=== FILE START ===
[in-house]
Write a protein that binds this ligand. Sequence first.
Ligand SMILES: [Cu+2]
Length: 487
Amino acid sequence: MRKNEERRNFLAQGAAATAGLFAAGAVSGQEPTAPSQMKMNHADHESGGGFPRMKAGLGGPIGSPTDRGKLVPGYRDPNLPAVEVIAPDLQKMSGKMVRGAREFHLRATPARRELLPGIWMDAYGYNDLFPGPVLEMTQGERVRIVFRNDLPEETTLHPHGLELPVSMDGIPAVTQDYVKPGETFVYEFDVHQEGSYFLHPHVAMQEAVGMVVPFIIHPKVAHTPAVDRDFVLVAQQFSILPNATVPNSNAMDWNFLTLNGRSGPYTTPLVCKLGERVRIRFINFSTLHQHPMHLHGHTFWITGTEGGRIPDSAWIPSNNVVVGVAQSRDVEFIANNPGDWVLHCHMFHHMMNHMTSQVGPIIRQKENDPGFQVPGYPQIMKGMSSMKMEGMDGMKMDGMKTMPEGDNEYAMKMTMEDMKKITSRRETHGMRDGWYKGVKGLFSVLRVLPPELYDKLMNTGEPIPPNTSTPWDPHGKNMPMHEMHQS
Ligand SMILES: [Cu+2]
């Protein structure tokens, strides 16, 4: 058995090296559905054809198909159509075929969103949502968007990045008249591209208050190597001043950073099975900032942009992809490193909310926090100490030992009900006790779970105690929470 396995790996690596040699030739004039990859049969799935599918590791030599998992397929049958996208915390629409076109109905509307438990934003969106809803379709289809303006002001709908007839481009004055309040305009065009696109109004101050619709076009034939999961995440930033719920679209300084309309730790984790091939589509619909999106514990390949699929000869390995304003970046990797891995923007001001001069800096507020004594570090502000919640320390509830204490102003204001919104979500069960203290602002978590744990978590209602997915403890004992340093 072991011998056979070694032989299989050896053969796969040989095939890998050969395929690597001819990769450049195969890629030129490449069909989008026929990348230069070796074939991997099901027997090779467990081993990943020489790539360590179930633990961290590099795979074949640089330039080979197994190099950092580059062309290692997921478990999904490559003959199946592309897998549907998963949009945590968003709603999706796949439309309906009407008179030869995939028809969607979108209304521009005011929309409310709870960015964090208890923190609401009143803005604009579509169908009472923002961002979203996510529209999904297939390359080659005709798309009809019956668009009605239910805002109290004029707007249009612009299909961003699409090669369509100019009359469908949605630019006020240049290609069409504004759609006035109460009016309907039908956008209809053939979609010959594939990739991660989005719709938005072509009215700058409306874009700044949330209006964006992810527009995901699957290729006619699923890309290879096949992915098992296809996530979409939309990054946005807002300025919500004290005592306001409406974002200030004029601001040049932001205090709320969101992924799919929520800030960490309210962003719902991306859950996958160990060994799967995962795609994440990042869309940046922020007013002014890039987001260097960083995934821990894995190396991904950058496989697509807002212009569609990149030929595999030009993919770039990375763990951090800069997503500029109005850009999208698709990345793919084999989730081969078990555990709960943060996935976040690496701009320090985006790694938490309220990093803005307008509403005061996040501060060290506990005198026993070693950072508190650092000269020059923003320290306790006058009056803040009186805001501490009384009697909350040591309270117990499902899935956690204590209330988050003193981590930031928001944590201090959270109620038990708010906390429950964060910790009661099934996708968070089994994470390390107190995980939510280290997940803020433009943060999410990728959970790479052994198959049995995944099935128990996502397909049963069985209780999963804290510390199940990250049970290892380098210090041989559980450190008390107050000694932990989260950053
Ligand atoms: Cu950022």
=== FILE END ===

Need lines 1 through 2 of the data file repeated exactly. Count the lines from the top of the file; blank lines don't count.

[in-house]
Write a protein that binds this ligand. Sequence first.